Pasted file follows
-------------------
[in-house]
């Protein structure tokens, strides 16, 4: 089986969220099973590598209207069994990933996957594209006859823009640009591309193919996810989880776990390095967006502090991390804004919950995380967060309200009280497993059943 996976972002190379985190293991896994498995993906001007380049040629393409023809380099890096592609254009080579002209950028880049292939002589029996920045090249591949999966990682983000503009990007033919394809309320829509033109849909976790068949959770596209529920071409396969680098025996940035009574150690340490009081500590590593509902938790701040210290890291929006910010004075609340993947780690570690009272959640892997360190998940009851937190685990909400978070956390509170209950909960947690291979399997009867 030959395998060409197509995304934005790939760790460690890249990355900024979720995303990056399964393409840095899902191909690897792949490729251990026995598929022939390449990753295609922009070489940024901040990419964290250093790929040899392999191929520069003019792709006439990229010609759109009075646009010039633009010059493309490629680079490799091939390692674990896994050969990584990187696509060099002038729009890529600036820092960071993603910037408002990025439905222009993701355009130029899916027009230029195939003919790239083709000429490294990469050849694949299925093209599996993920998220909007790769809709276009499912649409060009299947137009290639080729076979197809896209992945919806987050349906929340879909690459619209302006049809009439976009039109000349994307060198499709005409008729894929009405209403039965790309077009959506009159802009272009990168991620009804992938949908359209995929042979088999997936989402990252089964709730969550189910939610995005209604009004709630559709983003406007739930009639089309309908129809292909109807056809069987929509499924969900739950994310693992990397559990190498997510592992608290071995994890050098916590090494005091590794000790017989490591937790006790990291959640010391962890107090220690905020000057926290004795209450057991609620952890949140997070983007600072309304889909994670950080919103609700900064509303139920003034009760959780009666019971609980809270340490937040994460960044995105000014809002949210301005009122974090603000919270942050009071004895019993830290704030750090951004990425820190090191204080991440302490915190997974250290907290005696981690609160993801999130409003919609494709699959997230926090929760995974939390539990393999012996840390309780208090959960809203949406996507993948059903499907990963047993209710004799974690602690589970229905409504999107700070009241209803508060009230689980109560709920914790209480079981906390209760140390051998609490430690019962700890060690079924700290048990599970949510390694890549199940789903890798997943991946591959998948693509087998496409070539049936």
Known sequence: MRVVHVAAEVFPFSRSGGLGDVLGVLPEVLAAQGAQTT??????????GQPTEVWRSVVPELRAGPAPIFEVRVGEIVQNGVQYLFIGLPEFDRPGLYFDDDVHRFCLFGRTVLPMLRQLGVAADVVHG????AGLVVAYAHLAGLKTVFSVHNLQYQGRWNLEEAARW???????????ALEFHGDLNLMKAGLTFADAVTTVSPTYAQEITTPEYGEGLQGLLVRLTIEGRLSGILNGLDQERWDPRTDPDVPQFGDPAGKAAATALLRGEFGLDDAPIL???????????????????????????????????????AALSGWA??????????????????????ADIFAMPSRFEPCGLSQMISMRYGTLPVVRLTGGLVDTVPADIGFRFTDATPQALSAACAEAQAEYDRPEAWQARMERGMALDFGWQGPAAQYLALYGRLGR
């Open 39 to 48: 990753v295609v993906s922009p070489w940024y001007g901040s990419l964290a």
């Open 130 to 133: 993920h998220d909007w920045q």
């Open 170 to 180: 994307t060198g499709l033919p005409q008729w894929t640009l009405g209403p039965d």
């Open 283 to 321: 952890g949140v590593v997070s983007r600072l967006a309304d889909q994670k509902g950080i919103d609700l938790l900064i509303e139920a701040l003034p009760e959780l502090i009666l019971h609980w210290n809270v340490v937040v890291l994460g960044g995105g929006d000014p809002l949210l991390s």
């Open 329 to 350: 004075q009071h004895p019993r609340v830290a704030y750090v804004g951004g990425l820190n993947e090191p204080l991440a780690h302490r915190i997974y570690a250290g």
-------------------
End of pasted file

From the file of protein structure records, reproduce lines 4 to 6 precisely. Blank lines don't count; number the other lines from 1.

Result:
């Open 39 to 48: 990753v295609v993906s922009p070489w940024y001007g901040s990419l964290a």
């Open 130 to 133: 993920h998220d909007w920045q």
């Open 170 to 180: 994307t060198g499709l033919p005409q008729w894929t640009l009405g209403p039965d």